The Blogger Survives the Ups and Downs of Recruiting

Ed Norton is Consoled After Receiving Another Ding

In Chuck Palahniuk’s Fight Club, the nameless narrator (played in the film version by Ed Norton), rebels against the corporate ladder and what he calls “the IKEA nesting instinct”, by dropping out of society and exposing himself to the raw emotional reality of cancer support groups and the physical violence of extreme fighting. In the sequel, he might choose to attend INSEAD.

Recruiting is hard because companies woo you to apply by sponsoring cocktail parties, bombarding you with free pens, bags, corkscrews, and dinner invitations. Like a homely girl with braces and acne in high school who is flattered by the slightest attention from boys, your self-esteem is boosted and you are lulled into applying. But then you are unceremoniously rejected because based on a 30 second scan of your resume, you are deemed too old, too technical, too artsy, disloyal, too international, not international enough etc.

The companies that you thought were safe fall backs, reject you, while the obscure long shot can’t wait to interview you for a position in a country whose name you can’t pronounce. One frustrating aspect of recruiting is that companies will never tell you that the reason they don’t want you is that they’re overstaffed and not hiring. I was rejected for an interview at one place that I really wanted, and so I used my INSEAD alumni network connections to glean the following information:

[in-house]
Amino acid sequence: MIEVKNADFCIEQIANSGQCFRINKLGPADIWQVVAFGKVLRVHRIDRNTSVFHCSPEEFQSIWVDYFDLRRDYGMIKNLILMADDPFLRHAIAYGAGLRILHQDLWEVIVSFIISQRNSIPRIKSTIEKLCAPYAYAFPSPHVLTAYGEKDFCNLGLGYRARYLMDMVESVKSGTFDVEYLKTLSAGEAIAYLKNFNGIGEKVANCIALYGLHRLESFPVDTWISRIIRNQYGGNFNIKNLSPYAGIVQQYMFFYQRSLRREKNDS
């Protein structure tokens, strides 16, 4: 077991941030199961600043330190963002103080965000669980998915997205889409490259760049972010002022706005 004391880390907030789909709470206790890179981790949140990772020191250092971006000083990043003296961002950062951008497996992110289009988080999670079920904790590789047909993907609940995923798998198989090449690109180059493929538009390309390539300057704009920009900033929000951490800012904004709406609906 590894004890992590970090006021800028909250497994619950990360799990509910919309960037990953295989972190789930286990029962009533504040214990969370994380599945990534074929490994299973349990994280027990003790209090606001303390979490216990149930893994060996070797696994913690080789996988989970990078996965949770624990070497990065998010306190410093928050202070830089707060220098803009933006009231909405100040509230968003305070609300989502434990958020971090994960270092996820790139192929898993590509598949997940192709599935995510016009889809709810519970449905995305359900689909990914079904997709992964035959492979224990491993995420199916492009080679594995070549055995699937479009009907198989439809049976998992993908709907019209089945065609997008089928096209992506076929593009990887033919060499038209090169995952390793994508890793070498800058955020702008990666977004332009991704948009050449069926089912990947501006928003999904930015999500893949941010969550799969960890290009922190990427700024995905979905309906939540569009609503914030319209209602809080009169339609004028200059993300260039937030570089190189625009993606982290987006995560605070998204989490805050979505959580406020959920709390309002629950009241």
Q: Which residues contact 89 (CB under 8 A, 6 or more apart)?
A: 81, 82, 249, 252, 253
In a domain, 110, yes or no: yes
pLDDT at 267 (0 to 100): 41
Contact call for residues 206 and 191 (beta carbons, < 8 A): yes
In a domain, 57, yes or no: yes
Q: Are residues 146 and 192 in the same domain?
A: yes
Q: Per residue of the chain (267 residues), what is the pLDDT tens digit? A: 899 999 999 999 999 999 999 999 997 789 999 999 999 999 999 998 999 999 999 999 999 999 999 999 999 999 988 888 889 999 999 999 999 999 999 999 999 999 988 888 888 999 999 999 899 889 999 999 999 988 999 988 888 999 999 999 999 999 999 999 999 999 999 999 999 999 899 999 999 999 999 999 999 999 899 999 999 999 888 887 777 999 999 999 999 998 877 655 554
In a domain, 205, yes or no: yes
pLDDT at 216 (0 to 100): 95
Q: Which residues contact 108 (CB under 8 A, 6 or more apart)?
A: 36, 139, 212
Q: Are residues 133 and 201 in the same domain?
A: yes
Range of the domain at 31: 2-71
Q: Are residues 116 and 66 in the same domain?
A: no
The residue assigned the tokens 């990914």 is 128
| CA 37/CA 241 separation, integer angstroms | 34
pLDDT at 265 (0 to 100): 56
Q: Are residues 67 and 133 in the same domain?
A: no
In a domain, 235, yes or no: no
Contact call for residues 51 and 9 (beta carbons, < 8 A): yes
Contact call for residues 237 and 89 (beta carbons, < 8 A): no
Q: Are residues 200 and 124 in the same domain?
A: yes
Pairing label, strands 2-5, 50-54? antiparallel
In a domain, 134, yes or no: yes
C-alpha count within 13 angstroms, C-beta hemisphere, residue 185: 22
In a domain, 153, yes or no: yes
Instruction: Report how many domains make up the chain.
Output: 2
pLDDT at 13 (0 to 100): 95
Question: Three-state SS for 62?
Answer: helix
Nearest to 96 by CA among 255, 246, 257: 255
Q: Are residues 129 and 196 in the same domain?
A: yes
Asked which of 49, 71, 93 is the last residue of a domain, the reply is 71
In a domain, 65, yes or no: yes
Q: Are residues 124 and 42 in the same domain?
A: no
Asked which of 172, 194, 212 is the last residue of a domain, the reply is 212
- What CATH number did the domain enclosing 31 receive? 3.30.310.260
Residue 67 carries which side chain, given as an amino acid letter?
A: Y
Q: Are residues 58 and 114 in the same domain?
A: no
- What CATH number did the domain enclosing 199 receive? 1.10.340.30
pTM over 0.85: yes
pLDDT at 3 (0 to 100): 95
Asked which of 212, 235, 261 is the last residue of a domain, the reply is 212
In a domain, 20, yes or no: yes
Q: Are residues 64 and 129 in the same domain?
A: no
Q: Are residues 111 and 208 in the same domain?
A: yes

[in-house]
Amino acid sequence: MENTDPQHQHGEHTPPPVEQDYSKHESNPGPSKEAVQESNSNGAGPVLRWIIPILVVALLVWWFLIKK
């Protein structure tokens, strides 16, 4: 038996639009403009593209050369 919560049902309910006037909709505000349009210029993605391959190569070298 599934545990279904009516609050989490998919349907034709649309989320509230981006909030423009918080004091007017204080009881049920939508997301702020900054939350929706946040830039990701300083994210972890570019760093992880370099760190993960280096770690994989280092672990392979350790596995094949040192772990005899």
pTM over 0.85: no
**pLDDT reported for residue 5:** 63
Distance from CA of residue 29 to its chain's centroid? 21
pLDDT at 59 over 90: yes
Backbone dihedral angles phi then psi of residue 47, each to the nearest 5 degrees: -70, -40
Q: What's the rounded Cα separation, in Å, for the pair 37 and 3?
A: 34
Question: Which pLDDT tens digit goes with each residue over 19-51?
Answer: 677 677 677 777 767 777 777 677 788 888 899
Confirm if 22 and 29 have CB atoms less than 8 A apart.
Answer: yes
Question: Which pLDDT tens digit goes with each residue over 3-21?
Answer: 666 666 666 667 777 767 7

… I can share with you a conversation that I had back in January of this year with someone from HR. I was trying to find out why another friend of mine was not invited to interview [with them] and was told that recruiting is closed for 2008. They wanted 5 and got them: 2 from INSEAD and 3 more that I haven’t met. ”

My self-esteem might have been spared had the company shared this information in their PFO letter, but alas why would the company want to share their hiring targets and staffing needs with an applicant? Better yet, the company and INSEAD’s Career Services office should have told me to apply back in fall while there were still positions open.

And so without this information, we applicants tend to internalize the rejections. What did I do wrong? If I was good enough for a free corkscrew, coffee chat, or dinner, why not an interview? Where is Meatloaf with his hormone-induced man-boobs when you need someone to hug?

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